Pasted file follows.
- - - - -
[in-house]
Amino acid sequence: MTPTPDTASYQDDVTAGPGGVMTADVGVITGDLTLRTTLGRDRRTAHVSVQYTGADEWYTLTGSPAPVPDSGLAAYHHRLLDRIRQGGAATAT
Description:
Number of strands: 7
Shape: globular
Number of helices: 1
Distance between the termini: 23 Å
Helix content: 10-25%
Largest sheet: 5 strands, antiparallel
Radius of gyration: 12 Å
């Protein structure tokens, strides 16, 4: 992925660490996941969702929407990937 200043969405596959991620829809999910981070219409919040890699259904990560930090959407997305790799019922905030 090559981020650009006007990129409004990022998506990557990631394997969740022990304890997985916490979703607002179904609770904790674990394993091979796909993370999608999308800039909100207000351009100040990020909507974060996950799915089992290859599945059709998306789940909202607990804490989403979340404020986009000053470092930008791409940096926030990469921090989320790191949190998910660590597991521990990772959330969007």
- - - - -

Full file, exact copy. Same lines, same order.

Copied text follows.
[in-house]
Amino acid sequence: MTPTPDTASYQDDVTAGPGGVMTADVGVITGDLTLRTTLGRDRRTAHVSVQYTGADEWYTLTGSPAPVPDSGLAAYHHRLLDRIRQGGAATAT
Description:
Number of strands: 7
Shape: globular
Number of helices: 1
Distance between the termini: 23 Å
Helix content: 10-25%
Largest sheet: 5 strands, antiparallel
Radius of gyration: 12 Å
């Protein structure tokens, strides 16, 4: 992925660490996941969702929407990937 200043969405596959991620829809999910981070219409919040890699259904990560930090959407997305790799019922905030 090559981020650009006007990129409004990022998506990557990631394997969740022990304890997985916490979703607002179904609770904790674990394993091979796909993370999608999308800039909100207000351009100040990020909507974060996950799915089992290859599945059709998306789940909202607990804490989403979340404020986009000053470092930008791409940096926030990469921090989320790191949190998910660590597991521990990772959330969007």